An international team of archaeologists at the University of Central Lancashire (UCLan) has discovered 11,000-year-old human remains in the Heaning Wood Bone cave in Cumbria, England. The discovery is the oldest human remains ever found in northern Britain.
The UCLan team has been able to prove at least eight different people were buried in the cave. Despite the fragmented condition of the human remains, the accompanying artifacts make it likely that these were all deliberate burials.
E.G. Holland excavated the Heaning Wood Bone Cave for the first time in 1958, yielding the skeletal remains of three adults and a juvenile dated to the Early Bronze Age by radiocarbon dating.
Archaeologists returned to the cave in 2016, revealing animal bones such as Bos, Sus, and Canis, stone tools, prehistoric pottery, and beads made from shells.
A recent excavation by Martin Stables uncovered a periwinkle shell bead and human remains dating back 11,000 years to the Early Mesolithic, when Homo sapiens, or modern humans, were the only hominid species still surviving in the British Isles. The team identified 8 individuals buried in the cave, 7 of which have been dated by researchers from the University of Nevada and Pennsylvania State University using radiocarbon dating.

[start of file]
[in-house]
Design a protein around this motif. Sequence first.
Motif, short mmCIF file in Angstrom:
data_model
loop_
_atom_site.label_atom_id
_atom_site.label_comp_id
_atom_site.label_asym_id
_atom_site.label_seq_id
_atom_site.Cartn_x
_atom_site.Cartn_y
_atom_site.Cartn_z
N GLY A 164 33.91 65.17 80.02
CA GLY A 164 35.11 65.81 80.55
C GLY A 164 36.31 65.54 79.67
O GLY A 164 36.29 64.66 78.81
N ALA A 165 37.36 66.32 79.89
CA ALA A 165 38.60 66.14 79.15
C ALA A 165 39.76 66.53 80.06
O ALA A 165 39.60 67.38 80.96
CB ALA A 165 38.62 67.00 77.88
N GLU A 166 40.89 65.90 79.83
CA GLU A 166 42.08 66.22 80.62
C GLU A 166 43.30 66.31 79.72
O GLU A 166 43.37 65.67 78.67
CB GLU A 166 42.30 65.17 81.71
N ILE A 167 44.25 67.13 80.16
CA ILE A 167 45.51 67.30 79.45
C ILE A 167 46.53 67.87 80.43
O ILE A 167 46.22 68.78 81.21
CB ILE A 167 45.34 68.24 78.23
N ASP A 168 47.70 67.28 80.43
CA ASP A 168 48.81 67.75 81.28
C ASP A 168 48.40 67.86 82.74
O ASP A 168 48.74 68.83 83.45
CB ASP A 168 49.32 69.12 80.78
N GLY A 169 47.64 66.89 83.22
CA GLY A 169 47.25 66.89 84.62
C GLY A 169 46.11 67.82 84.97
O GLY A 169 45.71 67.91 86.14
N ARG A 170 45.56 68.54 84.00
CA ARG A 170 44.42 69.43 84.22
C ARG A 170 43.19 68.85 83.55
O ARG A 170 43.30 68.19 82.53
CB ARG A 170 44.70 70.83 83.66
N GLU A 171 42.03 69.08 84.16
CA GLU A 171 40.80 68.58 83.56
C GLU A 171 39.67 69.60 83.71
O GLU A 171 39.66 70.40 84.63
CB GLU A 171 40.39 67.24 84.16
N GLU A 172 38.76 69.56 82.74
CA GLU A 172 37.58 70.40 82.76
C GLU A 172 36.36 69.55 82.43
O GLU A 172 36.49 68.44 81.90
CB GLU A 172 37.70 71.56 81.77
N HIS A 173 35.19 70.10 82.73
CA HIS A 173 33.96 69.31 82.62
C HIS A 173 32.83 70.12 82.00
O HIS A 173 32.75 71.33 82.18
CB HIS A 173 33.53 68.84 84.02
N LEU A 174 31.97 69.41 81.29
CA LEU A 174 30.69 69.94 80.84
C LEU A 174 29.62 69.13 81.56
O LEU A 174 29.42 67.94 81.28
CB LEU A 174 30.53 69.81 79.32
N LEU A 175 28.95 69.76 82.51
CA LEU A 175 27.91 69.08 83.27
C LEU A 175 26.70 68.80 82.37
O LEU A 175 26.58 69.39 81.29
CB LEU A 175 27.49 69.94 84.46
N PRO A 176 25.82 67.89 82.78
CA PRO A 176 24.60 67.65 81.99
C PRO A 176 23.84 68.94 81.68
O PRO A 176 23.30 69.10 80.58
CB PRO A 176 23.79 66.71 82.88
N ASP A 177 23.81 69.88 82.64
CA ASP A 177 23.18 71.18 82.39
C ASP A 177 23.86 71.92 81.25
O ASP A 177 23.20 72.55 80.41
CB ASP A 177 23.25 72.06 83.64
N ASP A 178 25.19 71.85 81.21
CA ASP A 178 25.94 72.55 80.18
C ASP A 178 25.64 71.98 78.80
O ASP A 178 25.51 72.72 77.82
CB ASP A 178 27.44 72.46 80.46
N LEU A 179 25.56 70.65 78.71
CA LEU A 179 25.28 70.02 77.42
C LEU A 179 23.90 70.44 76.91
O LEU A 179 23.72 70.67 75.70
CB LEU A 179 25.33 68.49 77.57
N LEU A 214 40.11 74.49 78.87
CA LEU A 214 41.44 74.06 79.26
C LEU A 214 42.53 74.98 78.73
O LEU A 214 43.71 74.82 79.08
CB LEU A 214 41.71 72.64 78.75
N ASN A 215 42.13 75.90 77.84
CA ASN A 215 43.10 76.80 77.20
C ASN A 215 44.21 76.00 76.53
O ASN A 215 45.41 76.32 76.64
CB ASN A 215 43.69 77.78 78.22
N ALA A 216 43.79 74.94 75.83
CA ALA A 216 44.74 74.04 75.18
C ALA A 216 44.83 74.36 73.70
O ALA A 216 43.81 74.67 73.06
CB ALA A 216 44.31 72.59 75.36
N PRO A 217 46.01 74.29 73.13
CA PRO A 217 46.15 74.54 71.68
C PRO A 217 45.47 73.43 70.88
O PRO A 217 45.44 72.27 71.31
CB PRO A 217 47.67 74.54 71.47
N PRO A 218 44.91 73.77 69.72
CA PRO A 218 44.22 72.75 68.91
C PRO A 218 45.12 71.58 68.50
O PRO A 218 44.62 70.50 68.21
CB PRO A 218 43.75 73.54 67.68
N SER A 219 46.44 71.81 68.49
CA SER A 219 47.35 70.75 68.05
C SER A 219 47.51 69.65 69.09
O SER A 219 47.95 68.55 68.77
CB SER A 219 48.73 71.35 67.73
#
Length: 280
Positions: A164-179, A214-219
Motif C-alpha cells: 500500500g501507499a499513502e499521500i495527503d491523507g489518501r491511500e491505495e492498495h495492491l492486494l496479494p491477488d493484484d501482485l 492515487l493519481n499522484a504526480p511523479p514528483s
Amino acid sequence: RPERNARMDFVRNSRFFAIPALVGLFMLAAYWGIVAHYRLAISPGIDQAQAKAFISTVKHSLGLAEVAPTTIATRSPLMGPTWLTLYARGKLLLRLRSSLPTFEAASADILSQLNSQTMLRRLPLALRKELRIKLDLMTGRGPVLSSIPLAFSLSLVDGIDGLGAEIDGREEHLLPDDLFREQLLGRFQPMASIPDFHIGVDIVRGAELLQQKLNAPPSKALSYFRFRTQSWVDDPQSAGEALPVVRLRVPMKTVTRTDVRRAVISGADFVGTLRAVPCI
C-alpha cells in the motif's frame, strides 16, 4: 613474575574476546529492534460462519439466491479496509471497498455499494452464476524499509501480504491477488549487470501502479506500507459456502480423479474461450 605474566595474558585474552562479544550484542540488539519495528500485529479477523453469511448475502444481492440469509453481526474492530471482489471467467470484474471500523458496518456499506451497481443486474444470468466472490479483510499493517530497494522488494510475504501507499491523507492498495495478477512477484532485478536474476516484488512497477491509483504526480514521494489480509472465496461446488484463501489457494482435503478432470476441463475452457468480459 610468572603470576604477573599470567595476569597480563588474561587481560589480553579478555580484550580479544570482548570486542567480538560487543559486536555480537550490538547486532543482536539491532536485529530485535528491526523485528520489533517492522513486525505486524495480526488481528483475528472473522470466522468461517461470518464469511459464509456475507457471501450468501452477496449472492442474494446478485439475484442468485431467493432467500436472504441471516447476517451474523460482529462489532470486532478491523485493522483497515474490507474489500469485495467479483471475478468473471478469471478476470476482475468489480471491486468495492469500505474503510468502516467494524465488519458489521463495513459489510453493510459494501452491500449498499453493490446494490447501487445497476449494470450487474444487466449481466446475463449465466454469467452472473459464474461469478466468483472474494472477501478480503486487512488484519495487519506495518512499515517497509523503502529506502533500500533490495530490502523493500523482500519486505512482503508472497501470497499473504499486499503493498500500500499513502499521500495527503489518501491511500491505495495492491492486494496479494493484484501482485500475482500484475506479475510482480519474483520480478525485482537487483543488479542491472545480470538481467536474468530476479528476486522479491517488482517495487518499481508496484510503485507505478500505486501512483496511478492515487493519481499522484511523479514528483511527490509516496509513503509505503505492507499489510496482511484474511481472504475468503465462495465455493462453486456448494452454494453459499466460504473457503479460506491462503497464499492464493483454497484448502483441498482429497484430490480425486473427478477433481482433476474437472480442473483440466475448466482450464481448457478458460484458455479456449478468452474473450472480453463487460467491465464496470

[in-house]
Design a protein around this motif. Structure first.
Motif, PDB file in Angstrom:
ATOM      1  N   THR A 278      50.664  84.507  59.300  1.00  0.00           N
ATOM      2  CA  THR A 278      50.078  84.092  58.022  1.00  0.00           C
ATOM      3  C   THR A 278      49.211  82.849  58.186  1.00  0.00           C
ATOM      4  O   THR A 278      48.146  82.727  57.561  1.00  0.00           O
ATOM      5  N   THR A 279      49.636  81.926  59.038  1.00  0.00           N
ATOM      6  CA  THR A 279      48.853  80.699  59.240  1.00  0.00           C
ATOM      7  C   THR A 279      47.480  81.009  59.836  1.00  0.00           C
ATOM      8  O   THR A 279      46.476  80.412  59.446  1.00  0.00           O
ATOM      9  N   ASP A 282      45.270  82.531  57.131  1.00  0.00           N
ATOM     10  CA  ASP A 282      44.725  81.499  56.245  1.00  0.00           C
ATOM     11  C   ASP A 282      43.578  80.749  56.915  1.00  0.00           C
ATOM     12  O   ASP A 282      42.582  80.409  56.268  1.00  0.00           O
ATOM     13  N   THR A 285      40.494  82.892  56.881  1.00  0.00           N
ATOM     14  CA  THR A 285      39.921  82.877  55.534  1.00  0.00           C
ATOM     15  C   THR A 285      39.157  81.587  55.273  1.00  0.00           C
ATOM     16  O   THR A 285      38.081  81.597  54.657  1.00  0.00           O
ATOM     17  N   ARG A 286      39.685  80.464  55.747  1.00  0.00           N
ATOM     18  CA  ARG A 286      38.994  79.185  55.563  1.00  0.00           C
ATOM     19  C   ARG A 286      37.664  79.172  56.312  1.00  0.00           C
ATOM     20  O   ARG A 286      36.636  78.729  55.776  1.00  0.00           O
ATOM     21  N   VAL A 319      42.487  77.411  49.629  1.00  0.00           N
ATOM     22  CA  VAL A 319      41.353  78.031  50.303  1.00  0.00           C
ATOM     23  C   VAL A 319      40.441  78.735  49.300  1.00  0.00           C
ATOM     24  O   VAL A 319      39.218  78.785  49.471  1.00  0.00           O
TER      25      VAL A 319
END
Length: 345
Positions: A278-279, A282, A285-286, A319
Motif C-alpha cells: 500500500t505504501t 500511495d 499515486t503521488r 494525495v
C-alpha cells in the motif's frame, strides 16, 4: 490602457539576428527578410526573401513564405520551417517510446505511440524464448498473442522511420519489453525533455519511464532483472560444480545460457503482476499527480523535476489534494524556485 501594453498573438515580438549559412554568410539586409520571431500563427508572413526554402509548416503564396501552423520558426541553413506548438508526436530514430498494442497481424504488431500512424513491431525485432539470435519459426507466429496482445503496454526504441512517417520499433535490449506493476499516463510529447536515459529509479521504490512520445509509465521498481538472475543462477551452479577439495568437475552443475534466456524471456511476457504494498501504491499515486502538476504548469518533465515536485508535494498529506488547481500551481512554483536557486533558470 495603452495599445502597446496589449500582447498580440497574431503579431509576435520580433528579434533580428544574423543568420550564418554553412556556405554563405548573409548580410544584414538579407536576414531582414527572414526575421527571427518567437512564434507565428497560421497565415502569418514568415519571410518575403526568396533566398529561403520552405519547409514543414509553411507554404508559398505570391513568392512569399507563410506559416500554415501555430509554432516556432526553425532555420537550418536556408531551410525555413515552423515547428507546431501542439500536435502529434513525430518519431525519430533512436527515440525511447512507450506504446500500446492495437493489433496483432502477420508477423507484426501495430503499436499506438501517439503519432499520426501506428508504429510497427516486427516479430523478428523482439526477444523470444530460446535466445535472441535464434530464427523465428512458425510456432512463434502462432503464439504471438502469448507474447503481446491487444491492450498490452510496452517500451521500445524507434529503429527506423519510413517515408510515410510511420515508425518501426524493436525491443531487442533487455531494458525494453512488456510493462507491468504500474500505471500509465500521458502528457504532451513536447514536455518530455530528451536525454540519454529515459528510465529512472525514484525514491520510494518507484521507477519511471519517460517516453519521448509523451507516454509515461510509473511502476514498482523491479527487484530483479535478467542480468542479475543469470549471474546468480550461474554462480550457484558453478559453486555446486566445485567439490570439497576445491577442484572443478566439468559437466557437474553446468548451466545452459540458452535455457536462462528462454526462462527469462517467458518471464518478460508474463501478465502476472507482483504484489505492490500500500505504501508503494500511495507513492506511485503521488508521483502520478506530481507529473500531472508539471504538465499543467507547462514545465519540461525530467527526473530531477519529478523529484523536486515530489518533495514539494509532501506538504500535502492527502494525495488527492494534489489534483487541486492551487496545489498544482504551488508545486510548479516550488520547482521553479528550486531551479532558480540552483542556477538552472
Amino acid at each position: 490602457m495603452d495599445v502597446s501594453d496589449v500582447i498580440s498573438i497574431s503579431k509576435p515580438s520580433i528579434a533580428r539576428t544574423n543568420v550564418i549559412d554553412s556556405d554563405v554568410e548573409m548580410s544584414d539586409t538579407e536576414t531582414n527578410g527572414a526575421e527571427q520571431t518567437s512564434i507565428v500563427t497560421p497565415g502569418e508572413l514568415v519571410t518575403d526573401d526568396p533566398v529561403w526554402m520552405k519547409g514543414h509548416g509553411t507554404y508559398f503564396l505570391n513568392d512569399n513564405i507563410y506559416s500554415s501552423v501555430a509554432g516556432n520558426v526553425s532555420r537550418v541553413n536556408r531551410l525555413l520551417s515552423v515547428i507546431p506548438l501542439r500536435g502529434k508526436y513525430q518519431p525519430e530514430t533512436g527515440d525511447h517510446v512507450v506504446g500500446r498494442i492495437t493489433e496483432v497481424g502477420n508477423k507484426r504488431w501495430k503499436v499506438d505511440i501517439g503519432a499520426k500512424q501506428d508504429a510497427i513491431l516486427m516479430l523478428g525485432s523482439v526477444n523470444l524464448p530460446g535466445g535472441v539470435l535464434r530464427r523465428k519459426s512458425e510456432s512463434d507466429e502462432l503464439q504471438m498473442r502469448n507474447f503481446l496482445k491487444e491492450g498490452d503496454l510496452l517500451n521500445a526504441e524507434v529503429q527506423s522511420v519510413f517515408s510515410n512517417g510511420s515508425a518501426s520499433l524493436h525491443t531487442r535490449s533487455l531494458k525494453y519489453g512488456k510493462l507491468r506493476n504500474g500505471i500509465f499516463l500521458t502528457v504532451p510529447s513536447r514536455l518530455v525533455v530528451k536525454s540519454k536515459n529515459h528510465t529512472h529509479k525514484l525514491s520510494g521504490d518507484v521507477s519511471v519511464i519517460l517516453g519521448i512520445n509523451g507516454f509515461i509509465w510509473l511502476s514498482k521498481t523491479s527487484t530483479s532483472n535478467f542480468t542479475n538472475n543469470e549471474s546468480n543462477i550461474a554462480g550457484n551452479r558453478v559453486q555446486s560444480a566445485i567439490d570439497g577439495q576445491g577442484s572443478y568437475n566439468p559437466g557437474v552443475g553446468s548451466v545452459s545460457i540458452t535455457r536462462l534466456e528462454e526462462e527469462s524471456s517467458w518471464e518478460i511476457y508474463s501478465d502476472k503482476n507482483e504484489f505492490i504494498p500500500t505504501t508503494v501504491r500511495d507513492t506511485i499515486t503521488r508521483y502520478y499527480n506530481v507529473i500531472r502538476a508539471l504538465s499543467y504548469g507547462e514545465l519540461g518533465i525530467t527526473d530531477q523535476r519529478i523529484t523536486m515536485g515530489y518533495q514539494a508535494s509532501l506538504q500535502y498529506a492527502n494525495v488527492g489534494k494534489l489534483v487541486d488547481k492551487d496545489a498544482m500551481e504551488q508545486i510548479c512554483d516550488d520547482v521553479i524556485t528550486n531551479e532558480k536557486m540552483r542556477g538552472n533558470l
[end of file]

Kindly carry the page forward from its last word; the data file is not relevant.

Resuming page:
The results show the cave was used for burials at three different periods in the prehistoric past: around 4,000-years-ago in the Early Bronze Age; approximately 5,500-years-ago in the Early Neolithic; and around 11,000-years-ago during the very early part of the Mesolithic period.
They discovered a date on one of the shell beads showed it was around 11,000-years-old and was likely to have used during a burial.
Martin said: “I never expected anything like the Early Mesolithic connection in my wildest dreams. After six years digging it’s all ended up in a place I never expected it to get to. I can’t wait to hear all the final results, it’s staggering so far, difficult to imagine what it would have been like around here over 11,000-years-ago.”
Earlier human remains are known from southern England and from Wales, but the destructive effect of past glaciations means that such finds are rare in northern Britain. Before this discovery, the ‘earliest northerner’ was a 10,000-year-old burial from the nearby Kent’s Bank Cavern discovered in 2013.
UCLan’s Dr. Rick Peterson added: “Cave burials like this are well known from some periods of British prehistory and the Heaning Wood burials are an important addition to our knowledge of funeral practices. Together with the slightly later dates from Kent’s Bank Cavern, it shows, as people re-occupied the land, how important the whole of Britain was to this process.”
The site is still being researched, and a detailed study of what happened to each individual after they were placed in the cave is still being conducted.